China has earned a reputation as a hypocritical investor over the past few years. It has repeatedly warned the US that quantitative easing was debasing the dollar, only to turn around and plough even more of its vast foreign wealth into dollar-denominated assets.
But perhaps those warnings weren’t so hollow after all. The latest data from the US Treasury suggests that China has in fact executed a major diversification away from the dollar.
The Wall Street Journal’s Tom Orlik has parsed the numbers to produce quite a startling revelation. The portion of China’s foreign exchange reserves invested in dollars appears to have fallen from 65 per cent at the end of June 2010 to 54 per cent a year later.
These figures are unavoidably rough. China does not publish the composition of its $3.2tn foreign exchange reserves and the US is one of the few countries to give a breakdown of which foreigners hold its assets.
However, Orlik is an authority on Chinese economic data and his estimates are as good as any out there. The point is not that China has been selling dollars; rather, it appears to have been accumulating them at a slower rate and instead investing much more in other currencies.
This evidence of diversification raises two intriguing points.
First, on a technical level, there is the possibility that Beijing has simply come up with a cleverer way of disguising its dollar investments. Analysts have wised up to its use of London and Hong Kong brokers for buying dollars, but perhaps it is now spreading out its deals much more widely, from Luxembourg to the Caribbean?
Second and more importantly, if it is indeed the case that Beijing has diversified away from the dollar, China’s influence over global bond markets would appear to be far less than has widely been assumed.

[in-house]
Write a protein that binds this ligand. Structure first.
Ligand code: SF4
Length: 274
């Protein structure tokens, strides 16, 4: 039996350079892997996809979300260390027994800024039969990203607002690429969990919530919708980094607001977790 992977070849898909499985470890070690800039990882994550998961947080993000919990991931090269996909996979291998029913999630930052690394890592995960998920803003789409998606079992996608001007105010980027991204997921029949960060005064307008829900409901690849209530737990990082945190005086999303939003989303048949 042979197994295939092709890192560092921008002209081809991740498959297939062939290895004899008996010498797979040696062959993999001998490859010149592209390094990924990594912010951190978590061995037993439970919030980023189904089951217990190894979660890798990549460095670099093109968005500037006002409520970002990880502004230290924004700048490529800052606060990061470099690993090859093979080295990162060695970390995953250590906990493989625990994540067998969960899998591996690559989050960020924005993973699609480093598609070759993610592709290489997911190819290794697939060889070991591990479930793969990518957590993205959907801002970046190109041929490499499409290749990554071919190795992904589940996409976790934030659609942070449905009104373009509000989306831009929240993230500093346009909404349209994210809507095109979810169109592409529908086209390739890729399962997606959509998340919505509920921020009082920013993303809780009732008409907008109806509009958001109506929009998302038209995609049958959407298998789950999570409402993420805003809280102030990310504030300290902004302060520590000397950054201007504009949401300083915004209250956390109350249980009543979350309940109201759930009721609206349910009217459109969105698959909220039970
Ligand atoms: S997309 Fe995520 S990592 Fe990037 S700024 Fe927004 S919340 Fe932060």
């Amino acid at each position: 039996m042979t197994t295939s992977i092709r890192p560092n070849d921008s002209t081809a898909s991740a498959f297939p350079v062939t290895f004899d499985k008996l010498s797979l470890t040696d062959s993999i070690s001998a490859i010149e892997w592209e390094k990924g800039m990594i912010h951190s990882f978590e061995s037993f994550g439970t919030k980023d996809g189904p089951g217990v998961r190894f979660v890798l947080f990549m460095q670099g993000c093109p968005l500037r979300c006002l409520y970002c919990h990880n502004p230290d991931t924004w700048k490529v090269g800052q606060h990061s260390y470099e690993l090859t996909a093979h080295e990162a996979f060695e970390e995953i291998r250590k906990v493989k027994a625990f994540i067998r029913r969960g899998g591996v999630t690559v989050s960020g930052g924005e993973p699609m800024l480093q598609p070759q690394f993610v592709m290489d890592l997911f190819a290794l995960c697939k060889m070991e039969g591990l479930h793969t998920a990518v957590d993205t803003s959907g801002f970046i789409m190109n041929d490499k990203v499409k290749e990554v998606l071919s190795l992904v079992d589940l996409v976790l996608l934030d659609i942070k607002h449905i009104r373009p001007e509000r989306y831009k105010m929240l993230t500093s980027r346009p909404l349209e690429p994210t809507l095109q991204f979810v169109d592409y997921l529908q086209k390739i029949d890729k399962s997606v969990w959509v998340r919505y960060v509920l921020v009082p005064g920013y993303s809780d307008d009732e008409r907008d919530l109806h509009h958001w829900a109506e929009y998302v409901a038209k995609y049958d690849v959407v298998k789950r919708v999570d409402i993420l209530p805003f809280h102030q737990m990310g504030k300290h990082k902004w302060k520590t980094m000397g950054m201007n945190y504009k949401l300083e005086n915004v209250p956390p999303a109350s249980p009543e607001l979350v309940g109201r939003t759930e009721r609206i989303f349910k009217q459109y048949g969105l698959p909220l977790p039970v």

The long-standing fear in Washington has been that China might someday turn its back on the dollar, depriving the US debt market of its biggest foreign participant, crushing bond prices and driving up yields to the point that the economy suffers.
The hope in Europe has been just the opposite. The euro is the most likely investment target for China as it diversifies away from the dollar. And Brussels has been counting on more Chinese buying of euro assets to lower European yields, especially for the continent’s most indebted nations.
But have a look at what actually happened between 1 July 2010 and 30 June 2011 (the period covered by this week’s data which shows the big drop in Beijing’s dollar holdings). This table, based on publicly available Bloomberg charts, shows yields for 10-year government bonds in four important markets during that time:
10-year government bond yields
These numbers tell a powerful story. US debt handily outperformed that of shaky European nations and even outclassed the mighty Bund.
If China was indeed shifting from the dollar to the euro, bond markets couldn’t have cared less.
China is right to open up slowly, Martin Wolf
China’s Treasury holdings in net fall, FT
China’s reserves and the PBoC’s balance sheet, Money Supply
Guest post: China, the world’s banker? beyondbrics
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